Poor Ferrari V12 sales in recent auctions might indicate that a shift in the classic market is coming, but the real question is whether it’s the market’s or the brand’s fault for that shift.
Twelve-cylinder Ferraris have struggled to find buyers at the Historics at Ascot sale while the same applied to the recent Villa Erba auction event, which triggered a warning to classic car specialists, as reported by Classic Auction Results.
Ascot sale’s lot included six V12 Ferraris but only two of them were eventually sold and these were the cheapest of their model family: a 2009 599 GTB and a 1995 456GT, which sold for £84,000 and £33,600 respectively. The cars that didn’t find a buyer were a 2008 599 GTB, a 2000 456M GT, a 1989 Testarossa and a 1990 Testarossa.
While they might not be the hottest of the used Ferraris, it still is surprising that they failed to sell as Testarossas are considered to be a favorite among modern classic Ferraris lately.
Similarly, Villa Erba’s results gave away a common theme, with many V12 Ferraris not being sold. Among the unsold cars were a LaFerrari, an Enzo and a F12 TdF, proving that buyers are losing their interest in big Ferraris.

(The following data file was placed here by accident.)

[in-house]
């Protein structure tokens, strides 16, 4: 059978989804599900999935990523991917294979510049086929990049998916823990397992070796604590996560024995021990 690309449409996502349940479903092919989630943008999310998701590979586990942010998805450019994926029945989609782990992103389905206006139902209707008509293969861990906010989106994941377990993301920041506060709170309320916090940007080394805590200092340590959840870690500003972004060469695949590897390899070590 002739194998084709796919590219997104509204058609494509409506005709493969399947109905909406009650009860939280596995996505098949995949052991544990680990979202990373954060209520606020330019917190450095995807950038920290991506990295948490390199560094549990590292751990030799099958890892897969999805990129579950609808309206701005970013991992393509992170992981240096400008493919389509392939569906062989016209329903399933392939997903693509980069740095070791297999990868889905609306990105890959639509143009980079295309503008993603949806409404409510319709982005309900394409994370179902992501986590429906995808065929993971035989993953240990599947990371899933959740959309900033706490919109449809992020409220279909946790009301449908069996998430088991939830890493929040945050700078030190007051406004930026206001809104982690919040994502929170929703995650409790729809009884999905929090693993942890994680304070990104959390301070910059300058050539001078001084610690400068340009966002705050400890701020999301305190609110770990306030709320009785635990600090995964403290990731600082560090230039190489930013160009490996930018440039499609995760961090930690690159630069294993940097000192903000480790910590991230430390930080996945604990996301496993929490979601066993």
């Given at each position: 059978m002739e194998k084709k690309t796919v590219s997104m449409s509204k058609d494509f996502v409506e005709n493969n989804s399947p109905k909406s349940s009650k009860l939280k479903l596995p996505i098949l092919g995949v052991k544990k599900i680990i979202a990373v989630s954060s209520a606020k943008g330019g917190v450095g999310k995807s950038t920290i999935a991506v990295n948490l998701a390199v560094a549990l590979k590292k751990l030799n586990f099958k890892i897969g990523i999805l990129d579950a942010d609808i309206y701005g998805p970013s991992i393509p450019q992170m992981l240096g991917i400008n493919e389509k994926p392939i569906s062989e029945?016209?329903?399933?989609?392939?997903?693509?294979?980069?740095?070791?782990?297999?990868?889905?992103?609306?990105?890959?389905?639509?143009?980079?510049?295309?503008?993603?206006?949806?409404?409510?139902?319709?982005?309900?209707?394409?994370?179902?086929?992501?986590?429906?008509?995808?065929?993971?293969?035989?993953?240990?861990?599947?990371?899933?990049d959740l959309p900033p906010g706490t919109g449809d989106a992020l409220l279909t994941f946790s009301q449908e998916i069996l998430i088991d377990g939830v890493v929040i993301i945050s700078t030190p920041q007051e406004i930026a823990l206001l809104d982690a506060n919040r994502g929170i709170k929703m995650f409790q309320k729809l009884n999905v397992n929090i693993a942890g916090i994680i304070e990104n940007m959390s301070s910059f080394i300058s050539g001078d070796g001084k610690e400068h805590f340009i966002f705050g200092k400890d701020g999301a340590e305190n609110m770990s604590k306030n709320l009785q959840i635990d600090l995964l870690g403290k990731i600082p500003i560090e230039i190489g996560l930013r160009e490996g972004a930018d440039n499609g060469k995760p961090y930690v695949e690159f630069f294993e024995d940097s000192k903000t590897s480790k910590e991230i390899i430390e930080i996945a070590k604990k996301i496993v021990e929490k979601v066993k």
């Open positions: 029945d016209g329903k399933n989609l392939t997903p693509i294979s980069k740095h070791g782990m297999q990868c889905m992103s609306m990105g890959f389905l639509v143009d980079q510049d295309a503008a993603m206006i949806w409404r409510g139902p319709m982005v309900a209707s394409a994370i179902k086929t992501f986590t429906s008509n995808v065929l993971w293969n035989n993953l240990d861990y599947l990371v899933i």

The LaFerrari and the F12 TdF are considered among the most desirable cars in the market right now, so the reason behind these two failing to sell must be overvaluation. Add to this the fact that manufacturer warranties are currently expiring on the ‘Holy Trinity’ of hybrid hypercars and prospective buyers have another reason to steer clear of them.
The results of these two auctions are only a week apart and probably indicate that this is the beginning of the end of the classic car boom. Some might argue that this is a problem specific to Ferrari but as Harry Metcalfe puts it: “Ferrari prices have been the market-leaders in both the size and speed of the growth. It seems logical they’ll be the first to falter too.”